By Lexi Schneider
Every 2 seconds, someone in America needs blood. It is impossible to manufacture blood, and donations are the only way to fulfill the need of the 41, 000 blood transfusions that take place every day. Upper Dublin High School did its part to help with the cause by hosting a blood drive on Wednesday, February 25, during the school day. Students, teachers, and the community came together in the auxiliary gym to try and meet the goal of the drive. Mr. Gesing, head of the Upper Dublin Key Club (which sponsored the event, along with the Red Cross), told me about the blood drive’s success. “Our goal was to collect 85 units (pints)”, he said. “We surpassed that goal and collected 90 units. This is the most blood we’ve collected since 2008. “
Donation is a safe process, consisting of four steps. First is registration. Next comes a medical history check and mini physical, where patient temperature, blood pressure, pulse, and hemoglobin levels are checked to ensure the patient is healthy enough to donate. The actual donation takes place next, and usually only takes about 10 to 15 minutes. Finally, the patient is given refreshments and time to recover. Mr. Gesing donated this year, making him a 6th or 7th time donor. “It feels like a slight pinch on your forearm”, he described. “This time my arm was a little itchy, kind of like a hive or bug bite, while I was donating. Donation can take anywhere from 10 to 20 minutes. From registration to recovery it can take anywhere from 30 minutes to an hour.” Once blood is collected, it is given to several local blood banks. At the blood banks, blood is separated into red blood cells, plasma, and platelets, and then distributed to area hospitals.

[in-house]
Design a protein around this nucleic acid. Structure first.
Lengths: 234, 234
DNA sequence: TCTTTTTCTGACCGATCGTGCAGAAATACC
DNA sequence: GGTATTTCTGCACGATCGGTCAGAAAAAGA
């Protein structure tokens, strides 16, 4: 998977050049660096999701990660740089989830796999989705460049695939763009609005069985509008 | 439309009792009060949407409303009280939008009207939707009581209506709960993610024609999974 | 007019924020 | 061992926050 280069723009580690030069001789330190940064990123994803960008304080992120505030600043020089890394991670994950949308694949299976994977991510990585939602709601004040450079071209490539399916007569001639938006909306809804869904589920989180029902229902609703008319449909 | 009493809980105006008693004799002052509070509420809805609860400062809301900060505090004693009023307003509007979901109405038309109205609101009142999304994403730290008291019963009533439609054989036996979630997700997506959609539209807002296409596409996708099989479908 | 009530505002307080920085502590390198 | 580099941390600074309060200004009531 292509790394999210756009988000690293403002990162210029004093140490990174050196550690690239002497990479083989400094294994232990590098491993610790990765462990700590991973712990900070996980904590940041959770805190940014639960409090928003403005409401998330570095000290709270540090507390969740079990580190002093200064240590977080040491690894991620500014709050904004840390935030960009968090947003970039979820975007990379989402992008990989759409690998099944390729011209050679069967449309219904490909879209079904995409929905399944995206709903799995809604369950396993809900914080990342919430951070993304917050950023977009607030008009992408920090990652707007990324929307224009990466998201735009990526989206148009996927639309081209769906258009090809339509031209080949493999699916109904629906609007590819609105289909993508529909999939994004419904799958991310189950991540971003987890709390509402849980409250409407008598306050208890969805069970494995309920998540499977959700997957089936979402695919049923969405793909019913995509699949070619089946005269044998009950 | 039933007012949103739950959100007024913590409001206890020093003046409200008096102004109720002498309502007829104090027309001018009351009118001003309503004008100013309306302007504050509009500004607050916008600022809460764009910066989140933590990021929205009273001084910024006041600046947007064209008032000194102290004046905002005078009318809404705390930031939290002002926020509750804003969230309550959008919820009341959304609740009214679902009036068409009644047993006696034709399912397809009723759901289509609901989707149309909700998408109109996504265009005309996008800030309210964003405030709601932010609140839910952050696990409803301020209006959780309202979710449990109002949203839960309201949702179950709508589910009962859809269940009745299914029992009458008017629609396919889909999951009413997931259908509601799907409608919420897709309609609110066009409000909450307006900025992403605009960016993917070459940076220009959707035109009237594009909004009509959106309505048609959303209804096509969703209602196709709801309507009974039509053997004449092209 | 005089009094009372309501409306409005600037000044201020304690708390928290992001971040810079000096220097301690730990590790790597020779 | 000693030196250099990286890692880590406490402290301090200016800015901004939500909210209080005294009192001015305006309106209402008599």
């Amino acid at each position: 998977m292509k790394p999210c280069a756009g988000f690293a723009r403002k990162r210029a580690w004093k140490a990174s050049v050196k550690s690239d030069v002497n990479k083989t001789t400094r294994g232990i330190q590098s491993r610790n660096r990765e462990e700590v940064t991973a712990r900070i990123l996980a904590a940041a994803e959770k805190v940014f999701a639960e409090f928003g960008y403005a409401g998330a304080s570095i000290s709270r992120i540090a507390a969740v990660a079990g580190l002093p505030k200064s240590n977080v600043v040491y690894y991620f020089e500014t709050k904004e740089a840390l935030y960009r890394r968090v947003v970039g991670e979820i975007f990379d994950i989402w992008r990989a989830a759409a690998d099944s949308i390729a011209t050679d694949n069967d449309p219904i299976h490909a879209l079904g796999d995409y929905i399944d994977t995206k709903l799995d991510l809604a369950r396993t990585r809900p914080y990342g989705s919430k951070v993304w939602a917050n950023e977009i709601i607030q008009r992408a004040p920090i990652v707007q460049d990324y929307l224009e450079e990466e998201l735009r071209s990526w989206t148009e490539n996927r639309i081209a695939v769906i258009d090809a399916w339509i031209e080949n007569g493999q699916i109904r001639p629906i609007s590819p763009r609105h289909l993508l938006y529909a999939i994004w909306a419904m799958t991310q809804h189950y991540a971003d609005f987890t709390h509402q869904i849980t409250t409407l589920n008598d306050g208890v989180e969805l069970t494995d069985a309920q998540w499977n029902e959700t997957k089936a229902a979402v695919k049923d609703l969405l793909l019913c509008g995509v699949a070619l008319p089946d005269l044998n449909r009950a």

Blood donations are a great way to give back to your community and help those in need. “I donate because every pint I donate saves three lives”, said Mr. Gesing. “You have no idea how important blood is until you need some. Without a clean, diverse blood supply our health as a community will be seriously compromised. This means that friends, loved ones, and relatives could suffer and possibly die without our help.” With 90 units collected this Febuary, Upper Dublin has helped to save 270 lives, and we will continue to help the cause every year in the future.